Thursday, December 20, 2007

Health Care part 1: Fast track FDA approval

I wonder if I am doomed to have long discussions about health care reform every even-numbered year for the rest of my life. But I think I have one idea that even my friends on the left can agree on.

Let's have fast track FDA approval for treatments proven to work in other countries. Beta-blockers had been saving the lives of Europeans for years before the FDA approved their use over here.

Phage therapy is another treatment available outside of the US. The process involves the use of bacteriophage, viruses that infect bacteria, to attack a bacterial infection. Since bacteriophage exist in nature, it's 100% organic if you're into that sort of thing. Unlike other "organic" treatments, this really does work.

Phage therapy has been available in Eastern Europe for decades, but it is still not available here. The reason why? Because it costs a lot of money to clear the FDA approval process. A company would cheerfully fund the required trials if it thought that there would be a return on the investment. Except one cannot patent a process that has already been invented elsewhere, so there is no money to be made from this. So if you are inflicted with an antibiotic resistant strain of a disease, you'll likely have to travel to the Republic of Georgia for phage therapy.

I proposed that if a treatment has been proven to work in other countries, the FDA should simply approve it. There is no biological difference between Americans and foreigners, so whatever drug works on them should work on us as well.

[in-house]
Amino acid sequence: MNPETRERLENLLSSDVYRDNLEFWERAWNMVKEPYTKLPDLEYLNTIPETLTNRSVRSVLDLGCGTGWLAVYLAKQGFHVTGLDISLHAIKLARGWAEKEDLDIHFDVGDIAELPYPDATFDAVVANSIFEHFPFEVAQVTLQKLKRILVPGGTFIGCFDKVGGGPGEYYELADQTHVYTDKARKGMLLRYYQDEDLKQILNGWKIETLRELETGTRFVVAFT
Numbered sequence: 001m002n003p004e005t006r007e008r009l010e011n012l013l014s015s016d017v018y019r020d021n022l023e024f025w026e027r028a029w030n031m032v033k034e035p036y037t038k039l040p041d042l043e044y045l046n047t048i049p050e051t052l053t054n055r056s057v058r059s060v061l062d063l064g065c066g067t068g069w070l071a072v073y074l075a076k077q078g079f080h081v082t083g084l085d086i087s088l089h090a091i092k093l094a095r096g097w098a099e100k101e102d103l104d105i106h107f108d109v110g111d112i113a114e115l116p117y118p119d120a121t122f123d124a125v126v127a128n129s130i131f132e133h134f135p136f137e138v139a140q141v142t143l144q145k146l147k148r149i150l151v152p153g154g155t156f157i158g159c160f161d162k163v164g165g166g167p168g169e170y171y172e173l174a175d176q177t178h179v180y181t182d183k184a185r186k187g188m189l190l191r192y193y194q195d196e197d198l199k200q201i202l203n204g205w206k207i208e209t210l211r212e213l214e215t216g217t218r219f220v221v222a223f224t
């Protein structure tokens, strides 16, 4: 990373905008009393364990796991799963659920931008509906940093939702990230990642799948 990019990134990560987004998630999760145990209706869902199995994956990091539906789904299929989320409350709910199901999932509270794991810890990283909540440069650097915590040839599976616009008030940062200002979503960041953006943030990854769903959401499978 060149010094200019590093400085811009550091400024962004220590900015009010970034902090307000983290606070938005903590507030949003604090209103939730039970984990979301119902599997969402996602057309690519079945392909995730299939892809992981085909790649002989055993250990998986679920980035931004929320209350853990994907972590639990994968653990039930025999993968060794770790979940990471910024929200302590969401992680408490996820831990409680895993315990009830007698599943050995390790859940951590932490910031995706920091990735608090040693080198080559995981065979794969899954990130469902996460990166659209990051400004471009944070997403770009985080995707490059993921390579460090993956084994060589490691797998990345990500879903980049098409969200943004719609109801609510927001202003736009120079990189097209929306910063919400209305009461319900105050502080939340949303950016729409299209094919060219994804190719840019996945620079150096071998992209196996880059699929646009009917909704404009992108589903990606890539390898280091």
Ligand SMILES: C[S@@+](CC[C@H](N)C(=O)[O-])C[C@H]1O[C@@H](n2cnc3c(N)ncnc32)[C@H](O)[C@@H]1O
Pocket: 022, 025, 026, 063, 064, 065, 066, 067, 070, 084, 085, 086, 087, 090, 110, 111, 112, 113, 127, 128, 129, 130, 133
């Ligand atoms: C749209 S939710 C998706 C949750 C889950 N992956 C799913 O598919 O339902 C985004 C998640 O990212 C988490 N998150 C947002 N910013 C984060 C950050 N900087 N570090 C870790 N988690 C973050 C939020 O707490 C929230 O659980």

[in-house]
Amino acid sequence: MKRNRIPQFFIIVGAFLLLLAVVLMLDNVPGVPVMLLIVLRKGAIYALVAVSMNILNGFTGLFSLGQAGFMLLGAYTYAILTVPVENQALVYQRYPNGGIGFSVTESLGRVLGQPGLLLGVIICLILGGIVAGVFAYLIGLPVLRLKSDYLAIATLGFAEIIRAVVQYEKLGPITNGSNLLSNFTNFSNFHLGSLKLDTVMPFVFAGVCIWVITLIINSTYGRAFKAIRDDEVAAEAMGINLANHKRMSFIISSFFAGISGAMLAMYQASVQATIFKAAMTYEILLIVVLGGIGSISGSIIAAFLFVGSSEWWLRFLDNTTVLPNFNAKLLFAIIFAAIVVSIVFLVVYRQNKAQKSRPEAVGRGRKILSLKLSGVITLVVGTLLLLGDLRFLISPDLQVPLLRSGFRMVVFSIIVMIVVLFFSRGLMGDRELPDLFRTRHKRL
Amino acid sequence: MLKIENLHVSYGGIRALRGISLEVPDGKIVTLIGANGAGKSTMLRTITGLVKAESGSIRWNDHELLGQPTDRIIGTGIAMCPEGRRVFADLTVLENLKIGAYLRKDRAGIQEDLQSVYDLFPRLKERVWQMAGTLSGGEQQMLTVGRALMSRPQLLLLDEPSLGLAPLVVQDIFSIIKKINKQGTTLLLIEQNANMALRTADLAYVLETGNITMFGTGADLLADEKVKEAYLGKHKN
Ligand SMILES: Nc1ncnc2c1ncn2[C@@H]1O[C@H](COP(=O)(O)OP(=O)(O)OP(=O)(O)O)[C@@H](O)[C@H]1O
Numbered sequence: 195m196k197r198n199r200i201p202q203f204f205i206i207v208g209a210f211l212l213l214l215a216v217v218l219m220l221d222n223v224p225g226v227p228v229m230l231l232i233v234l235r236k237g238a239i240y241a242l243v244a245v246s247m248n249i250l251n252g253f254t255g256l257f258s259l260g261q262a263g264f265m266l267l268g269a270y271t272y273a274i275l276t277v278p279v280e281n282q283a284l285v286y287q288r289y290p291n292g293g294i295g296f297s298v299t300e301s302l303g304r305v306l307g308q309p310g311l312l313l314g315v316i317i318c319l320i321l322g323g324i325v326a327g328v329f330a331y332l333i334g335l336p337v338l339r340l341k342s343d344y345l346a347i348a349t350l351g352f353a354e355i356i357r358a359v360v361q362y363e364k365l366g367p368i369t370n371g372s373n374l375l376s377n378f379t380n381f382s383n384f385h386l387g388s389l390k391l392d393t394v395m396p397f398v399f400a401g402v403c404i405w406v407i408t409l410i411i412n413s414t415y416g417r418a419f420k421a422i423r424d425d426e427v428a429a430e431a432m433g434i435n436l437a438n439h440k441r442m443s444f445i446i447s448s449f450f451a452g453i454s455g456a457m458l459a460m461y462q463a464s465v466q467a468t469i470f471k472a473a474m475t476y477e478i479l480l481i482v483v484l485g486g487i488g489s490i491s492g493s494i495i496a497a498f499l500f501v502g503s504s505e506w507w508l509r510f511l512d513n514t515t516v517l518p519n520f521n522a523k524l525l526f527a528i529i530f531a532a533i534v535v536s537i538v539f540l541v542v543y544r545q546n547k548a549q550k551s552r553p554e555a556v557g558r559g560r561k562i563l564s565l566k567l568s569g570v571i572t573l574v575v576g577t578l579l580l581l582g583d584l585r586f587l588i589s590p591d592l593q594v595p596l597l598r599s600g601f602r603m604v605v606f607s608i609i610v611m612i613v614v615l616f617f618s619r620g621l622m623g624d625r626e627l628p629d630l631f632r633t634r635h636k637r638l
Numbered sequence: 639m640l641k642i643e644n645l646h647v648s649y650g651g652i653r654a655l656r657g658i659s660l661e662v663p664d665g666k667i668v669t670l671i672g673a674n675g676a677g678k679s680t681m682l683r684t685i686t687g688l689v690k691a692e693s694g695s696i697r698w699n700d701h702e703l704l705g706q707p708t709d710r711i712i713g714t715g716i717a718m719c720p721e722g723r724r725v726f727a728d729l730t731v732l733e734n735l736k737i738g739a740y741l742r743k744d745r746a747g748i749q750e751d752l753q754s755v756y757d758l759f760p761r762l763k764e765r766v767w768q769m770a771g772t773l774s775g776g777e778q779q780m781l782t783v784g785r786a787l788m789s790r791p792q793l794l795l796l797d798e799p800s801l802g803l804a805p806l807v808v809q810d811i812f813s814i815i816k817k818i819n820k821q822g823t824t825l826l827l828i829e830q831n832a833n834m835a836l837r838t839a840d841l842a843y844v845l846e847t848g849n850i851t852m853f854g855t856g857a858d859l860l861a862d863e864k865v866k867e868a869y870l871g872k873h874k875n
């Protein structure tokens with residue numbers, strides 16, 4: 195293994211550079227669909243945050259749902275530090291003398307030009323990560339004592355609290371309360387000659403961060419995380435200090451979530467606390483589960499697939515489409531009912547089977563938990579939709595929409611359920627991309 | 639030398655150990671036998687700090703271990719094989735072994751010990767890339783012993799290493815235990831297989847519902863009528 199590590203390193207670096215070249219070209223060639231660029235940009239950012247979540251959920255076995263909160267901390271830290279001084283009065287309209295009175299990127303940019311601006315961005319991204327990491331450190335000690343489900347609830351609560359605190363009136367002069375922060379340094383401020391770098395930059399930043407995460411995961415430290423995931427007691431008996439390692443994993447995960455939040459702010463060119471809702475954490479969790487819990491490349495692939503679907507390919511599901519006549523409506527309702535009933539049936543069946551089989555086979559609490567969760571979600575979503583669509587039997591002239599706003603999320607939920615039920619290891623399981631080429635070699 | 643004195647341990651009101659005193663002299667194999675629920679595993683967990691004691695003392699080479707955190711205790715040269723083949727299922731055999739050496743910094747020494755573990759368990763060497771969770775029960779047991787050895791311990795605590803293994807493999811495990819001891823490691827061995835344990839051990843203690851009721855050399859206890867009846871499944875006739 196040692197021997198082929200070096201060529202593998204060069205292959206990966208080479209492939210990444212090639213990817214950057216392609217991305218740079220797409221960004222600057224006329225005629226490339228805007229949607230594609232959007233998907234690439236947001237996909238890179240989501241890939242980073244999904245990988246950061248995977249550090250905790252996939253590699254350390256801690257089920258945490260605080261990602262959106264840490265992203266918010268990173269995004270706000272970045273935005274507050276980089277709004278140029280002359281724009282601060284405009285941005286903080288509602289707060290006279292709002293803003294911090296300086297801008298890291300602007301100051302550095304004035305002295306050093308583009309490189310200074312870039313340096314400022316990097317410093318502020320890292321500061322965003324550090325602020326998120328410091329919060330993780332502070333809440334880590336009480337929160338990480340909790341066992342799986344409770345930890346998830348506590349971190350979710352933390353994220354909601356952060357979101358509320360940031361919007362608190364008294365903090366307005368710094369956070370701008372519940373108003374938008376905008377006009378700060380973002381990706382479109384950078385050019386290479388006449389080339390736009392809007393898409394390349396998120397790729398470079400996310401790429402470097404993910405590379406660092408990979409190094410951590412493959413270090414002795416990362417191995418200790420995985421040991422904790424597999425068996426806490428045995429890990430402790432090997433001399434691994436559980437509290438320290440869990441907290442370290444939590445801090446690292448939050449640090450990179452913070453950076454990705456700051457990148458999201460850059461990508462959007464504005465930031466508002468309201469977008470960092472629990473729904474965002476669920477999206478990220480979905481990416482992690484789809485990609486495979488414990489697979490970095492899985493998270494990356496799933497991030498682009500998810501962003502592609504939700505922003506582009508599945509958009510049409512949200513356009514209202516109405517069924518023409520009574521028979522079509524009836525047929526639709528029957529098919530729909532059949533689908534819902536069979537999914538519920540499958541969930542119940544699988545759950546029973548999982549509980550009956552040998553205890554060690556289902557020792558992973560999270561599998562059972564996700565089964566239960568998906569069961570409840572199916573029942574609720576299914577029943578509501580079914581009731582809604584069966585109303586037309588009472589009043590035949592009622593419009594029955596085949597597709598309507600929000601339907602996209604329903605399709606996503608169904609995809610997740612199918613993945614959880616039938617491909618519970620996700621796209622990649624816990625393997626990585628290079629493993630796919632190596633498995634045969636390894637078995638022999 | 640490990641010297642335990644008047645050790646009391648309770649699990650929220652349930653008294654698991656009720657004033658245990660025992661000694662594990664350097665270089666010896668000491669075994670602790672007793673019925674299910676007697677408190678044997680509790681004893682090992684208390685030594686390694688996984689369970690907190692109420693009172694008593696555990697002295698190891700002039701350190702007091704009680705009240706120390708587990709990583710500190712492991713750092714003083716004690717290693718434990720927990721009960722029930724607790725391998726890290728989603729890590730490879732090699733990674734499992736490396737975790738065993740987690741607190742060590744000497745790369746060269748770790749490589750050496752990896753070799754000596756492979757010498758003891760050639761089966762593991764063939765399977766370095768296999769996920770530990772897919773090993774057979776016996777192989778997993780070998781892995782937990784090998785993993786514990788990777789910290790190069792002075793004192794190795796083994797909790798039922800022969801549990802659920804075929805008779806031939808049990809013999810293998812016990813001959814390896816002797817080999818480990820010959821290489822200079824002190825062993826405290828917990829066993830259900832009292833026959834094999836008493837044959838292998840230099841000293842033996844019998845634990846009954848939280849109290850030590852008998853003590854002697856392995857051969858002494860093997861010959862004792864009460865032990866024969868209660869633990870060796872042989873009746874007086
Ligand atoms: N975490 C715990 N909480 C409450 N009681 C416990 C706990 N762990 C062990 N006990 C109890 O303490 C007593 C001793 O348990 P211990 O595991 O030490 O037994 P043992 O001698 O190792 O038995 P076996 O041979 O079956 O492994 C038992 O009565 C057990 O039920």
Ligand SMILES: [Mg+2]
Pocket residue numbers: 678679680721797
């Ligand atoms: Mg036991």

5 comments:

LP Mike Sylvester said...

I think this is a no brainer...

I would like to see the USDA and the EU coopoerate, this could cut costs...

Mike Sylvester

Robert Enders said...

The USDA shouldn't do everything that the EU does. For example, a lot of Europeans want genetically modified foods banned. BUt when something is proven safe and effective abroad, the FDA should allow it here.

Phil Marx said...

How about the FDA simply acknowledges that the EU produces valid science. Unless there is a specific reason to question a particular finding of theirs, we should start with the assumtion that it is valid. This would save a lot of time and money on duplicate testing.

Beyond the science, there might be ethical, or social reasons why we don't want to do the same things they do, but that is another matter.

Grace Filby said...

It is hot news that there are 5 phage products available, approved by the US govt, for some food products based on evidence and professional consensus about safety and value to public health. Latest scientific data published by the Polish team points out that phage therapy offers an alternative treatment for Staphylococcus aureus infections at 10% of the cost of antibiotic therapy. In the USA (Lubbock, TX) there is an FDA-approved Phase 1 clinical trial study with patients who have wound infections. See www.amazingphage.info for more info in a Churchill Fellow's Report (Oct.07)

Robert Enders said...

Phase 1 trials means that the FDA is still 10 years away from allowing this to be used on a regular basis. Phage might be able to cure any bacterial infection, even those that resist antibiotics. And they want to sit on this for the next ten years!